We know God's truth and we can apply God's truth through the working of the Holy Spirit in our lives.  One of the main jobs the Spirit has is to guide us into all truth.  Jesus' followers, including the original disciples and all of us alive today, will be set apart from the world, reserved for God's service as far as we think and live in conformity with the truth.  No one can be sanctified or set apart for the Lord's use without learning to think God's thoughts after him; without learning to live in conformity with the Word He has graciously given to us.  Jesus prays for protection for His followers and for sanctification.


            We also see in these verses a couple of outcomes from those prayers being answered.  We know that these prayers of Jesus will be answered because His prayers were always answered because He always prayed according to the will of God and for the glory of Almighty  God.

            One outcome of our protection and sanctification is unity.  (v. 11). We are ultimately unified because of God's name.  He has saved us and He has bought us; we belong to Him and live under the banner of His name:  Christians.  The Father and Son are perfectly unified within the Trinity.  We will be unified as long as we remain loyal in our walk with the Lord and live consistently with the name Jesus Christ. 

            The unity Jesus has in mind is the spiritual unity that all believers possess because God has regenerated us and we are a part of His family.  The emphasis of unity in this sense is the real, constant unity that is invisible.  The unity of the invisible eternal life is the foundation for a visible unity.  We're already one with the Father and because of that we can be one with each other.

            Because of God's love for us and His work of redemption in our lives, we can and do have unity.  This spiritual unity produces a common love for the Lord (1 Jo. 4:20-21); a commitment to His Word (Eph. 4:13); affection for His people (Col. 3:14) and a separation from all that is ungodly and worldly (1 Jo. 2:15-17).  Because of God's work in and through our lives, we can and will have unity in the faith.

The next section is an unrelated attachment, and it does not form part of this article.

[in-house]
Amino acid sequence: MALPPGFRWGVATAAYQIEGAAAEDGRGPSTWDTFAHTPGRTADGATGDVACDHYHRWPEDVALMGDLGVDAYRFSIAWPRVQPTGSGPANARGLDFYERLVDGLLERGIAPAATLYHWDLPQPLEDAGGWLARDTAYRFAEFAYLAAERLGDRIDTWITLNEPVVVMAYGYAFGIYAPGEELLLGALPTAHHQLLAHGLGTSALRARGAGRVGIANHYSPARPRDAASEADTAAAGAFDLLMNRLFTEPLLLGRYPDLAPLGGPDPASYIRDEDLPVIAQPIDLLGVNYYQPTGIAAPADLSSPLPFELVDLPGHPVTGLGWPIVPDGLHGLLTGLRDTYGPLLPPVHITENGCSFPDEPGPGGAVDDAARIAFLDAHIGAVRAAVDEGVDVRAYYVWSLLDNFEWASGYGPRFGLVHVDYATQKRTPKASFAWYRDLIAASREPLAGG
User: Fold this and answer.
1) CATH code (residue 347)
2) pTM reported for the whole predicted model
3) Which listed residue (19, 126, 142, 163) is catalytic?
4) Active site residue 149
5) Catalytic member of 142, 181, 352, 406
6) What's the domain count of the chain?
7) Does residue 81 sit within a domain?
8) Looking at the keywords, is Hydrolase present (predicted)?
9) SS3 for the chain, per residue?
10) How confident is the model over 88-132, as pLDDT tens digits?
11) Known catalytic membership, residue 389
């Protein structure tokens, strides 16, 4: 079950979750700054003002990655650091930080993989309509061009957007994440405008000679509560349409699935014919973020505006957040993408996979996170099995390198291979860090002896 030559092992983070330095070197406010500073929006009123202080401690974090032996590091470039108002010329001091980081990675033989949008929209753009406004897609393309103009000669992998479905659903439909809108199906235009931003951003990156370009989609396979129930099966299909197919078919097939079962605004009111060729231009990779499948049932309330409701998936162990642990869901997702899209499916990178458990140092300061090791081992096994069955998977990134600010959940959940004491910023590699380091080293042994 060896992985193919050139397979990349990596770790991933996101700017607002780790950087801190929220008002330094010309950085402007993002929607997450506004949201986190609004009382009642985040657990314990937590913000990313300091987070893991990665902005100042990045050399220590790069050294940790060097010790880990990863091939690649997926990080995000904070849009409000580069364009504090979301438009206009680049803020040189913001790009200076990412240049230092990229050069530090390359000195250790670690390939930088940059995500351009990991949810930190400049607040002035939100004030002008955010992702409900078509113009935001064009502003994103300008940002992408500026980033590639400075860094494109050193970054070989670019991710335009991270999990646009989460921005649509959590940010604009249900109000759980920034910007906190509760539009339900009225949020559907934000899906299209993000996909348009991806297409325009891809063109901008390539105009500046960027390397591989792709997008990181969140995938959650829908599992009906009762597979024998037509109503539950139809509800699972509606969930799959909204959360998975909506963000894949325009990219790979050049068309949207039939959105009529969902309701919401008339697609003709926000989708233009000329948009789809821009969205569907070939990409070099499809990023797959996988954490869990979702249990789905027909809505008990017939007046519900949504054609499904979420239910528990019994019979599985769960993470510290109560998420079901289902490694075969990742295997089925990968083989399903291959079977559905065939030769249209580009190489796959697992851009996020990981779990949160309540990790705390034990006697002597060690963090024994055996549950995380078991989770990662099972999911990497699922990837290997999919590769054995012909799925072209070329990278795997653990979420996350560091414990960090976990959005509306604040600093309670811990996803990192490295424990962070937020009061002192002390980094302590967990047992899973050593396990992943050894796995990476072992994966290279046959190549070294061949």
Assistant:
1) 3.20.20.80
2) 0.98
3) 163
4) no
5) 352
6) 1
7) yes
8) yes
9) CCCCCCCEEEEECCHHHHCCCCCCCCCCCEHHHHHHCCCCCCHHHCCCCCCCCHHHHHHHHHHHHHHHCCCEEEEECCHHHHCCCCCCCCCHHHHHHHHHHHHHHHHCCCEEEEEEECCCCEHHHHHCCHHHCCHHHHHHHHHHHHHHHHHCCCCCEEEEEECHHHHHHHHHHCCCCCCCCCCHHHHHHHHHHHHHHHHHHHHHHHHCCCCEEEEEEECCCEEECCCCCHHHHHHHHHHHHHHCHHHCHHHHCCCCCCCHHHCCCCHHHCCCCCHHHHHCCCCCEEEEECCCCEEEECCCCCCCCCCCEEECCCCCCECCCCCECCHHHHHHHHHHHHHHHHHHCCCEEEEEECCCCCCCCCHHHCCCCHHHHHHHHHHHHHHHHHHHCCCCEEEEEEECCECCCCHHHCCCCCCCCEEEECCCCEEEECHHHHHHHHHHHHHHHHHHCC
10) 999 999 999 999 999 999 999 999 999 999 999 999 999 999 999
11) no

The final outcome of our protection and sanctification is joy.  (v. 13).  God's work in our lives produces spiritual fruit that we don't even cultivate because it stems from the Holy Spirit's work in our lives.  But it's also helpful to understand that the Father is protecting us and that Christ is interceding for us.  That knowledge and understanding can also help produce joy in the hearts of Christ's followers.  It must have filled the disciples with joy to hear Jesus pray these prayers on their behalf.

            Jesus wanted His disciples to experience joy and He wants us to experience joy as well.  For the disciples it wouldn't be until after the crucifixion and resurrection until they really started to experience joy in their lives.  At that time, they started to understand everything Jesus had said to them and they were already starting then to go out in obedience to do what He told them to do.  The essence of joy is us abiding in the Father's love.  We abide in the Father's love as we obey Him.  John 15:11. 

            Jesus prayed that the disciples would be kept safe.  An outcome of that protection is that they would remain in the Father's love.  As they remained in the Father's love, they would live in obedience to Him and to the word they had been given.  As all of that happened in their lives, they would be unified, working together as one, filled with and sharing the joy of the Lord in their lives.


            At the beginning, I asked you to try to consider a couple of thoughts as we worked our way through this morning's passage.  Do you feel like you are experiencing unity in your life with other believers and unity in our church?  If not, what needs to happen in your life to make things more unified?  Remember, we should never sit back and point fingers at others; we should always be looking in the mirror at ourselves and examining our own lives.  Are you experiencing joy?  If not, why not?  What then do you need to do to increase the amount of joy you experience in life?

            As our singers and musicians come now, we invite you to a unified, joyful life as you walk with the Lord.  If there are any professions of faith or commitments that you need to share with us, I encourage you to do that now as we stand and sing.